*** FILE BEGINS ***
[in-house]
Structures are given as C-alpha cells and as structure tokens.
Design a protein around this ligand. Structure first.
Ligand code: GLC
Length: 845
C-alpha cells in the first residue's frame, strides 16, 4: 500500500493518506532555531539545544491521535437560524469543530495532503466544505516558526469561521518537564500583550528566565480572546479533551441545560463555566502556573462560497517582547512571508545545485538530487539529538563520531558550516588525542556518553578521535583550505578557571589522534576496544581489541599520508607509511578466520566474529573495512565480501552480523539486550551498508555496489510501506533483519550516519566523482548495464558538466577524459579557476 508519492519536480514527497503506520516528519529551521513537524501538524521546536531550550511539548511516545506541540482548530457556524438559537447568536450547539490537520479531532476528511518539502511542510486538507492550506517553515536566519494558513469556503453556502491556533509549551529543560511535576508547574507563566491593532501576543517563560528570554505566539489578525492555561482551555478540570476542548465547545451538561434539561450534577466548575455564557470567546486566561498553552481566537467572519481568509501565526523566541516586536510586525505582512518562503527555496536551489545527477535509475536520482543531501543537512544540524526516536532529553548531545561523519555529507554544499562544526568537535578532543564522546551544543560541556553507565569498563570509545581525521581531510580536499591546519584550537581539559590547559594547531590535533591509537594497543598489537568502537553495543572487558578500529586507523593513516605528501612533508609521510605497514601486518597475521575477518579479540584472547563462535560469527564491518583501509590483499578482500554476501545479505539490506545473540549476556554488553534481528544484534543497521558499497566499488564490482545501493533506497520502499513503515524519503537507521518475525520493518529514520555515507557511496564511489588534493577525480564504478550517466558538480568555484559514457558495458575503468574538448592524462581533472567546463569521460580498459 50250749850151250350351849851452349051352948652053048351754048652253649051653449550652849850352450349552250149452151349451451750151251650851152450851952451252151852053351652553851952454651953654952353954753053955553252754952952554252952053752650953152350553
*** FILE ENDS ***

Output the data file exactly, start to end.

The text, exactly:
[in-house]
Structures are given as C-alpha cells and as structure tokens.
Design a protein around this ligand. Structure first.
Ligand code: GLC
Length: 845
C-alpha cells in the first residue's frame, strides 16, 4: 500500500493518506532555531539545544491521535437560524469543530495532503466544505516558526469561521518537564500583550528566565480572546479533551441545560463555566502556573462560497517582547512571508545545485538530487539529538563520531558550516588525542556518553578521535583550505578557571589522534576496544581489541599520508607509511578466520566474529573495512565480501552480523539486550551498508555496489510501506533483519550516519566523482548495464558538466577524459579557476 508519492519536480514527497503506520516528519529551521513537524501538524521546536531550550511539548511516545506541540482548530457556524438559537447568536450547539490537520479531532476528511518539502511542510486538507492550506517553515536566519494558513469556503453556502491556533509549551529543560511535576508547574507563566491593532501576543517563560528570554505566539489578525492555561482551555478540570476542548465547545451538561434539561450534577466548575455564557470567546486566561498553552481566537467572519481568509501565526523566541516586536510586525505582512518562503527555496536551489545527477535509475536520482543531501543537512544540524526516536532529553548531545561523519555529507554544499562544526568537535578532543564522546551544543560541556553507565569498563570509545581525521581531510580536499591546519584550537581539559590547559594547531590535533591509537594497543598489537568502537553495543572487558578500529586507523593513516605528501612533508609521510605497514601486518597475521575477518579479540584472547563462535560469527564491518583501509590483499578482500554476501545479505539490506545473540549476556554488553534481528544484534543497521558499497566499488564490482545501493533506497520502499513503515524519503537507521518475525520493518529514520555515507557511496564511489588534493577525480564504478550517466558538480568555484559514457558495458575503468574538448592524462581533472567546463569521460580498459 50250749850151250350351849851452349051352948652053048351754048652253649051653449550652849850352450349552250149452151349451451750151251650851152450851952451252151852053351652553851952454651953654952353954753053955553252754952952554252952053752650953152350553